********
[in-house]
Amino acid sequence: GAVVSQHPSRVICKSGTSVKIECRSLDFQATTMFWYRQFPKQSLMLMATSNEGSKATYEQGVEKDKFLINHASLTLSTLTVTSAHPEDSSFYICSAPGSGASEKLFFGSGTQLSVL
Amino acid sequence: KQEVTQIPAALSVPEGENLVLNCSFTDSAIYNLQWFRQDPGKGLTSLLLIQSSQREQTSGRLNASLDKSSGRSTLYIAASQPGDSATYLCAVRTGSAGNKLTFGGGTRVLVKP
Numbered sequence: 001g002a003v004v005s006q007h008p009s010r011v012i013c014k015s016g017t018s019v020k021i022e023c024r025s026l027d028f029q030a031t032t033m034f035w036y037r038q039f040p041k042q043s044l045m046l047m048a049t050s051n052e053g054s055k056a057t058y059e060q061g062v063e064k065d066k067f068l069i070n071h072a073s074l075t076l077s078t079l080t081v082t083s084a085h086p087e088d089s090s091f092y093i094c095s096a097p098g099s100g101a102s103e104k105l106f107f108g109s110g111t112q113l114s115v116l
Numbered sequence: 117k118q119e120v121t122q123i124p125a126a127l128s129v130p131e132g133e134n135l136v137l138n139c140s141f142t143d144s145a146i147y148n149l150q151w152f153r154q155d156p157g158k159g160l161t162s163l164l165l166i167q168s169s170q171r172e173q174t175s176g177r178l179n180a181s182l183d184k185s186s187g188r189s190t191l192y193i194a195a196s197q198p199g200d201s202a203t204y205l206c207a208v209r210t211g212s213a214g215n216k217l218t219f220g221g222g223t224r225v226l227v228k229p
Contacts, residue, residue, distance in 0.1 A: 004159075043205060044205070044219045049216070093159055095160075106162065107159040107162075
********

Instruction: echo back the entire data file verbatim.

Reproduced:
[in-house]
Amino acid sequence: GAVVSQHPSRVICKSGTSVKIECRSLDFQATTMFWYRQFPKQSLMLMATSNEGSKATYEQGVEKDKFLINHASLTLSTLTVTSAHPEDSSFYICSAPGSGASEKLFFGSGTQLSVL
Amino acid sequence: KQEVTQIPAALSVPEGENLVLNCSFTDSAIYNLQWFRQDPGKGLTSLLLIQSSQREQTSGRLNASLDKSSGRSTLYIAASQPGDSATYLCAVRTGSAGNKLTFGGGTRVLVKP
Numbered sequence: 001g002a003v004v005s006q007h008p009s010r011v012i013c014k015s016g017t018s019v020k021i022e023c024r025s026l027d028f029q030a031t032t033m034f035w036y037r038q039f040p041k042q043s044l045m046l047m048a049t050s051n052e053g054s055k056a057t058y059e060q061g062v063e064k065d066k067f068l069i070n071h072a073s074l075t076l077s078t079l080t081v082t083s084a085h086p087e088d089s090s091f092y093i094c095s096a097p098g099s100g101a102s103e104k105l106f107f108g109s110g111t112q113l114s115v116l
Numbered sequence: 117k118q119e120v121t122q123i124p125a126a127l128s129v130p131e132g133e134n135l136v137l138n139c140s141f142t143d144s145a146i147y148n149l150q151w152f153r154q155d156p157g158k159g160l161t162s163l164l165l166i167q168s169s170q171r172e173q174t175s176g177r178l179n180a181s182l183d184k185s186s187g188r189s190t191l192y193i194a195a196s197q198p199g200d201s202a203t204y205l206c207a208v209r210t211g212s213a214g215n216k217l218t219f220g221g222g223t224r225v226l227v228k229p
Contacts, residue, residue, distance in 0.1 A: 004159075043205060044205070044219045049216070093159055095160075106162065107159040107162075